One of the requirements for a K1 visa is clearance from the NBI (National Bureau of Investigation), whose main office is located on Taft Avenue, Manila, right next to the Supreme Court. I called them beforehand and they told me they were open from 7:30am to 5pm, Mondays to Sundays. Since NBI clearance is also a common tihng requested by prospective employers, I asked my friends for advice and they said either go very very early, or very late (about 4:30pm). When I finished applying for my passport renewal at around 10am, Mom and I drove to NBI after having lunch. We arrived around 1pm and parked in the nearby Robinson's Place mall, then walked to the NBI. There was a huge teeming mass of hundreds of people, and I couldn't find the end of the line, so we decided to come back another day. Besides, we were already tired.
I returned around 7:15am on a Thursday morning, with my yaya as companion. Since the mall was still closed, I parked at the Philippine General Hospital and we walked. The queue for clearance is in the back of the NBI complex (actually, to the left side, but it starts in the back early in the morning). Even then, there were at least a hundred people in line ahead of us. What they don't tell you--you only find out after overhearing people looking for the correct line--is that there are two different lines for clearance, "local" and "abroad". The difference is that the brown one costs slightly less (about P30) and is valid for local employment, while the green one costs about P55 and is for travel abroad. Fortunately, I'd only been in the wrong line for five minutes before I started asking around.
The windows for Step 1 (cashier) open at 7:30pm and they start letting people advance in the queue. That morning, there were three windows open for "local" and two for "abroad", so the latter was slower. At some point they broke up the line into two and you have to be snappy to get ahead. All you need is to write your name on a piece of paper and pay the fee, then proceed to a small enclosure to fill up the card. Each step, like at the Department of Foreign Affairs passport section, is clearly marked by signs with Step 1, Step 2 and so on. After filling up the card, you go into the building and it is looked over. Then they take your picture, and finally your fingerprints. As you leave, they stamp the back of your receipt with the date you should come back to claim your clearance. Usually it takes three days.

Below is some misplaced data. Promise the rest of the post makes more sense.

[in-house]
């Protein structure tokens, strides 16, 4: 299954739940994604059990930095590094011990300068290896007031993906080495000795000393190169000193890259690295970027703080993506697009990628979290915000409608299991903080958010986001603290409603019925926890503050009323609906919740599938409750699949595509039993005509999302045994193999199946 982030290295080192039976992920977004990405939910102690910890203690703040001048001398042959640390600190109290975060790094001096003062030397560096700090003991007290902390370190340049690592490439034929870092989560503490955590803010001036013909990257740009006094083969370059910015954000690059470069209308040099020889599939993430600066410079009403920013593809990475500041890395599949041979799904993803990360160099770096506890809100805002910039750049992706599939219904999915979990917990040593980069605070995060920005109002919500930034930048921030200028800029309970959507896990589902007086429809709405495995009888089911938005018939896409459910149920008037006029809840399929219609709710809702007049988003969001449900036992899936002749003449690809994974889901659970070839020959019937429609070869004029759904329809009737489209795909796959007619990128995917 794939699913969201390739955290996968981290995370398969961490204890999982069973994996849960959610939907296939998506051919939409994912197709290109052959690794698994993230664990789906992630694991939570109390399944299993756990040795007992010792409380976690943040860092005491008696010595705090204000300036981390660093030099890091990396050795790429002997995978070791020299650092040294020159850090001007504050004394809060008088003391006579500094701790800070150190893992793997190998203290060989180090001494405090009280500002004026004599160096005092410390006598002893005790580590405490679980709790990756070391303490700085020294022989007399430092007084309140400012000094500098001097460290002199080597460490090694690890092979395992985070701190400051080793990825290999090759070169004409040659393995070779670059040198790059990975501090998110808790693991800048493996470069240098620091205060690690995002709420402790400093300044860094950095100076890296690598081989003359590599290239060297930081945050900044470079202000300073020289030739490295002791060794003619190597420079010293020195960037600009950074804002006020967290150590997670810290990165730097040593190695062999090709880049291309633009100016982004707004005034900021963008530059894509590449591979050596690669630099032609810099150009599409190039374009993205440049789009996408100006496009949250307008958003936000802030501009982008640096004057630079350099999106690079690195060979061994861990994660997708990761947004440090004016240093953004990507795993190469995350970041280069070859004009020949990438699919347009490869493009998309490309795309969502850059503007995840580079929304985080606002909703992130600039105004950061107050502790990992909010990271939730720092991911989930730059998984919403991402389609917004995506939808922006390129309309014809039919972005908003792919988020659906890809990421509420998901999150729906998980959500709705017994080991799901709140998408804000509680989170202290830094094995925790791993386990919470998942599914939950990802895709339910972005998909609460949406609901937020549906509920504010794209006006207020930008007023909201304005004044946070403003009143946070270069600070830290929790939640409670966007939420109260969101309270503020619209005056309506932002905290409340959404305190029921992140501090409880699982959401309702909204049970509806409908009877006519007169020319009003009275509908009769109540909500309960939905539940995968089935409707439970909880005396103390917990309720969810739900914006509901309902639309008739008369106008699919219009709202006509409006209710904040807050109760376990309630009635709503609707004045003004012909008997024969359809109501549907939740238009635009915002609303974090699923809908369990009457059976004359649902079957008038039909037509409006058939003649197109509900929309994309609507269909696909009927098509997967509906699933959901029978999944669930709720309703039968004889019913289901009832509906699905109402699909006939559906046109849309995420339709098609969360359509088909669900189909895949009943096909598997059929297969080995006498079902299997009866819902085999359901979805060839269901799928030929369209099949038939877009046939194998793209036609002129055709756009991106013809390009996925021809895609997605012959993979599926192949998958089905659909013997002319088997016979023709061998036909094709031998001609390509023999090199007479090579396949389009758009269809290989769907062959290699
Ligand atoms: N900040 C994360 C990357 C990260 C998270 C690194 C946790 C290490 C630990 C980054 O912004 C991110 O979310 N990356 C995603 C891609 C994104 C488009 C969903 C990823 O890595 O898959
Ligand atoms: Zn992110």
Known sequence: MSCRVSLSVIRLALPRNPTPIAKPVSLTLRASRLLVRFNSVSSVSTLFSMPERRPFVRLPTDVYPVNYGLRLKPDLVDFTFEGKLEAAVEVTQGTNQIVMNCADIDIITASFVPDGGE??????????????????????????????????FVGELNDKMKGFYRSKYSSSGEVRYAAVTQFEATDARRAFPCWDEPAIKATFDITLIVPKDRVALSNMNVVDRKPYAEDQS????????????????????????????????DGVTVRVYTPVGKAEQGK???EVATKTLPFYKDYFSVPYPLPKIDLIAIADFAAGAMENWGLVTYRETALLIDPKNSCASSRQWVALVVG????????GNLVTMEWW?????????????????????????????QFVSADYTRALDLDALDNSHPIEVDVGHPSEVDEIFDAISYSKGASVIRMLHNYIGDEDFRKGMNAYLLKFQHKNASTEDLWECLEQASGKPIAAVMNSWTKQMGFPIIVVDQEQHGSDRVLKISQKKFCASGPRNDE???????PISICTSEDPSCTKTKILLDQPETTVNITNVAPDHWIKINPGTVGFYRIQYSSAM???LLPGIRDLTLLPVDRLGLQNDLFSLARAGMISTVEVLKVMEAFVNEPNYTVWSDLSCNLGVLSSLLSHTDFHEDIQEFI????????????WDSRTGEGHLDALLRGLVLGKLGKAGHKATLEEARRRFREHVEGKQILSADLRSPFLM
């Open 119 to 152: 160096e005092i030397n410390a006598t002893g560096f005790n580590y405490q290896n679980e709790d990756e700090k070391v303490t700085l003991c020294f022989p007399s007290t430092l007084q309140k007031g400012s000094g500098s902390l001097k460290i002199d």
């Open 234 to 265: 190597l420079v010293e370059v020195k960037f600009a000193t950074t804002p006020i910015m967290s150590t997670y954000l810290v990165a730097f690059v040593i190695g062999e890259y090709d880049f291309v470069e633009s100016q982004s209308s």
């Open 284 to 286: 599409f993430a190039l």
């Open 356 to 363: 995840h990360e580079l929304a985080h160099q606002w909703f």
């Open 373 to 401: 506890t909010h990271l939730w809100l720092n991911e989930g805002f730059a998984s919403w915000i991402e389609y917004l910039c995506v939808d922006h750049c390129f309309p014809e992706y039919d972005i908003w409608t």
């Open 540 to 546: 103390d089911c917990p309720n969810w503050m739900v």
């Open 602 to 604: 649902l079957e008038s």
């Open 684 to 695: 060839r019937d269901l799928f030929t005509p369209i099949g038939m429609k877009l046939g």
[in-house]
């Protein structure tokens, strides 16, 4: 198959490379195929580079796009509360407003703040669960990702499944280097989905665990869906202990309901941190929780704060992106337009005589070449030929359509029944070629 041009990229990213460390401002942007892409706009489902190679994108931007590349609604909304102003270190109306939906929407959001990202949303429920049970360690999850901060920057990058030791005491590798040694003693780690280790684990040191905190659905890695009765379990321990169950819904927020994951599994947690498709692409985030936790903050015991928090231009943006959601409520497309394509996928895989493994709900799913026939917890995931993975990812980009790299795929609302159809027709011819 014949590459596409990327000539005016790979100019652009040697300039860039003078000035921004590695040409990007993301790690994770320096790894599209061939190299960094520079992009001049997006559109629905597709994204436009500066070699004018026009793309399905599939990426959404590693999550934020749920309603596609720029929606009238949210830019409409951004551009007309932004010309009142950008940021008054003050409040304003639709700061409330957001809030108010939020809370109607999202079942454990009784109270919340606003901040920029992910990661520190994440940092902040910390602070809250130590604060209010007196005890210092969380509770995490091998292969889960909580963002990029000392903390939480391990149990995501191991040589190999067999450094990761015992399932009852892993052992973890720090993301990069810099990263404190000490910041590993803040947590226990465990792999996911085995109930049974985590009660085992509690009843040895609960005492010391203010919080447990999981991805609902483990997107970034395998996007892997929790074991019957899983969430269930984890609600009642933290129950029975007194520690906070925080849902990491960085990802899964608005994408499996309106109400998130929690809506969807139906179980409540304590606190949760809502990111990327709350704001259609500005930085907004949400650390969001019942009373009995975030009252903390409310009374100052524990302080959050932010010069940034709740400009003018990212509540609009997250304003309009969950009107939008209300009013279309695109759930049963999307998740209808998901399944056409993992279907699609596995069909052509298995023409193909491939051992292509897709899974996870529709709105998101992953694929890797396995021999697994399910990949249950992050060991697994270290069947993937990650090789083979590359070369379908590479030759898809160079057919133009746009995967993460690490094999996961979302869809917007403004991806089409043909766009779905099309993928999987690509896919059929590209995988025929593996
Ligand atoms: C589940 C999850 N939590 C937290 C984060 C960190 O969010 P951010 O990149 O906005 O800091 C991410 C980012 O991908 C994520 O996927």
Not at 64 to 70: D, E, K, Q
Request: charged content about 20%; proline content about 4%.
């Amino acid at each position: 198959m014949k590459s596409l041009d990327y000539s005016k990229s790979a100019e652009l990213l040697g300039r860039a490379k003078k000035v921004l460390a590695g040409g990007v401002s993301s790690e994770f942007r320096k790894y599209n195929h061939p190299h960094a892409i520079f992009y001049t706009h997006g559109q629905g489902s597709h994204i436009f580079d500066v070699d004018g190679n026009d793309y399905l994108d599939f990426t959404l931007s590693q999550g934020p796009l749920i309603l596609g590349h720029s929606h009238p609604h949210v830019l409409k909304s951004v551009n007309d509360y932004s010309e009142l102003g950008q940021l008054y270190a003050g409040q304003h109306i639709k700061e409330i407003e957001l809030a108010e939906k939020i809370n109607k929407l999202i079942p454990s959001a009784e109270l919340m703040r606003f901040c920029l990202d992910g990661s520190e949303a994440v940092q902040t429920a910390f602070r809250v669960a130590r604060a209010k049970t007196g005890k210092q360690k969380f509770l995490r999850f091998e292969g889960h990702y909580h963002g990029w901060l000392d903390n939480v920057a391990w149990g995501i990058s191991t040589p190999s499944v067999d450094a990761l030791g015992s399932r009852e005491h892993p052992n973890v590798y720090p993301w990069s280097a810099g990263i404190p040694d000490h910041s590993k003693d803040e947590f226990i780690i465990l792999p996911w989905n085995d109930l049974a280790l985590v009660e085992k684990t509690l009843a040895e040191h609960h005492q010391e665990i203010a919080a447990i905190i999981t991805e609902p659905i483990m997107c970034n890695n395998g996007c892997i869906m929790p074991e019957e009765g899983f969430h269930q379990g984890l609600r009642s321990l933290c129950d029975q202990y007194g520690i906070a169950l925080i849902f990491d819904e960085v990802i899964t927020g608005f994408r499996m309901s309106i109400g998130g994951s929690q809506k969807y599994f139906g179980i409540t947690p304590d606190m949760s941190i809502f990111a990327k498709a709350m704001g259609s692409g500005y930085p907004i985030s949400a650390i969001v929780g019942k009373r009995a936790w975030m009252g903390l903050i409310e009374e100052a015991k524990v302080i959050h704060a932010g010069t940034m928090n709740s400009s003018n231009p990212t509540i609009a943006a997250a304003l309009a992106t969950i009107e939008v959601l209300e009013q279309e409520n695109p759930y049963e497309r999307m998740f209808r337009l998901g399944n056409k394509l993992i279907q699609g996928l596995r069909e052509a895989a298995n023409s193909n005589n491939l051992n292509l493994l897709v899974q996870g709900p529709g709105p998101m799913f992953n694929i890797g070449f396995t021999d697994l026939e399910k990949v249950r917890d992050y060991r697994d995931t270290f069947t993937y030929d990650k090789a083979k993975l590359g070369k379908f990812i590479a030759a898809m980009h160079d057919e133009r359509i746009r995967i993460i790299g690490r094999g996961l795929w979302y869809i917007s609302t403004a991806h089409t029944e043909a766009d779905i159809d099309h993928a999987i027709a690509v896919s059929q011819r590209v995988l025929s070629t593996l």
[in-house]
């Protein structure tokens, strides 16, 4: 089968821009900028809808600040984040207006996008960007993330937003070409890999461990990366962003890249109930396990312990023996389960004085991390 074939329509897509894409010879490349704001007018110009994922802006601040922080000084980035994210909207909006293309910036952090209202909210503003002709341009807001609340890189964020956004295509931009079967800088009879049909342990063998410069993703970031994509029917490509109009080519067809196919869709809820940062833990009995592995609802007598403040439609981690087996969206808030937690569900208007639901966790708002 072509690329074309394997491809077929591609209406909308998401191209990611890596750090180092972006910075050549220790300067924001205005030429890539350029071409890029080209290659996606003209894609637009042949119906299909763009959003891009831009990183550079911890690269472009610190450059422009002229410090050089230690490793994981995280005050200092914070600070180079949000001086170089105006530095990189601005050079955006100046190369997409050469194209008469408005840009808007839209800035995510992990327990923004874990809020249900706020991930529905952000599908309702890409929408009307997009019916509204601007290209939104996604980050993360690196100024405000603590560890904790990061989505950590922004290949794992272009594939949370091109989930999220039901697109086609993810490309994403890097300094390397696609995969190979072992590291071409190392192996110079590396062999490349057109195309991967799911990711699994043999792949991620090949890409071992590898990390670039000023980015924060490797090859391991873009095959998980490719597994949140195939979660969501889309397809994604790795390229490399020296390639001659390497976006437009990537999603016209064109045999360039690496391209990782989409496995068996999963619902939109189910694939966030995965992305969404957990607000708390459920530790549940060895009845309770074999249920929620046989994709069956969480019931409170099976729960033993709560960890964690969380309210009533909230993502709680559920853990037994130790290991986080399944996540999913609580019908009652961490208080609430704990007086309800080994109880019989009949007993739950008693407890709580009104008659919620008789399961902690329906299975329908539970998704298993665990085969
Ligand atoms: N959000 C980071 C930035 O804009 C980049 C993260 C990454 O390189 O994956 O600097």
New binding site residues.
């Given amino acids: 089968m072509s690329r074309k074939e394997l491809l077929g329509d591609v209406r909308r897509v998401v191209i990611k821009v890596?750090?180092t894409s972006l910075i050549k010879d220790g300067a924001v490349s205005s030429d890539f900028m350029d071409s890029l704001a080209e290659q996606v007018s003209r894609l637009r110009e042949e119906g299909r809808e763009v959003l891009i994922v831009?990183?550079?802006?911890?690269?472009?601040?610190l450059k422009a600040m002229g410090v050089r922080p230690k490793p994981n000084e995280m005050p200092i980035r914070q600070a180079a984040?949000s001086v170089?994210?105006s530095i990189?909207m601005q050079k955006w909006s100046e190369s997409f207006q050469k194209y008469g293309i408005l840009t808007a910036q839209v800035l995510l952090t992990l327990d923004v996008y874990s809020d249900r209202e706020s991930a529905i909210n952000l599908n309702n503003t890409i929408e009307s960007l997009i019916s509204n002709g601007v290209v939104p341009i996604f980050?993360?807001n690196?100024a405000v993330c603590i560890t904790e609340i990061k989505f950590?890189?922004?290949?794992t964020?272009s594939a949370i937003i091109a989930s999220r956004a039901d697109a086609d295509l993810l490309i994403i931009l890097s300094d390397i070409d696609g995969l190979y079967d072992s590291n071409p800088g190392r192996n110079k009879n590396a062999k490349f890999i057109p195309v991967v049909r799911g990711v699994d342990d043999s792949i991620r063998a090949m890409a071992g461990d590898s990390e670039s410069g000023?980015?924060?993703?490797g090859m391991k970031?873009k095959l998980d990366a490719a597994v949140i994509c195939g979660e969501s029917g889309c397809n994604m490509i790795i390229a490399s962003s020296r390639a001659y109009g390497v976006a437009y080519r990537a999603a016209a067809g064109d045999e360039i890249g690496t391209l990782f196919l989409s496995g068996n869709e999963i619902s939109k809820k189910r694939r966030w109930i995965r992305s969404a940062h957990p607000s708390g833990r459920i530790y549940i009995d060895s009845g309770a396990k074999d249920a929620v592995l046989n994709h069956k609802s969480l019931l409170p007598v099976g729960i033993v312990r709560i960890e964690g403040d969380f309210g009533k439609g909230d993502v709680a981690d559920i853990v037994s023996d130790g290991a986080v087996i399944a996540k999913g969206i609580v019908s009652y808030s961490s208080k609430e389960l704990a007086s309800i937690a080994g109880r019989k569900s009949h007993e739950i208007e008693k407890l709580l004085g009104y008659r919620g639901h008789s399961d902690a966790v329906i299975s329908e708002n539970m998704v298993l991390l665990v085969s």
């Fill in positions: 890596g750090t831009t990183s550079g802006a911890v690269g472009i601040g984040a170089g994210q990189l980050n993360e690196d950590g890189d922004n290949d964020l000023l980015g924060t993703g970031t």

The process is fairly straightforward. I finished at around 9am, even though I was in line at the cashier for over an hour. I'm told that you run into difficulties if you have a very common name, or one that happens to belong to someone else who has a record.
I returned early, also around 7:30am to claim my clearance. You fall in line at windows marked alphabetically, this time in the front of the building. (The line looks longer than it actually should be, because some married women fall in line under their married surnames, instead of their maiden names.) Before reaching the head of the line, you should write your full name on a small slip of paper. They ask you to check that everything in your clearance is correct (name spelling, address, etc.) before you leave. Thankfully, mine was alright and said "No record on file". I was out of there around 8am.
The clearance they give is on a green paper with the NBI dry seal affixed on the left. It is actually two copies of the same thing with your name, address, birthdate and a very bad picture. The upper half is what the US Embassy will get, you get to keep the lower half as your personal copy (this is also what you present for renewal). Don't forget to put your thumbprint in the lower right-hand box before you go to your interview.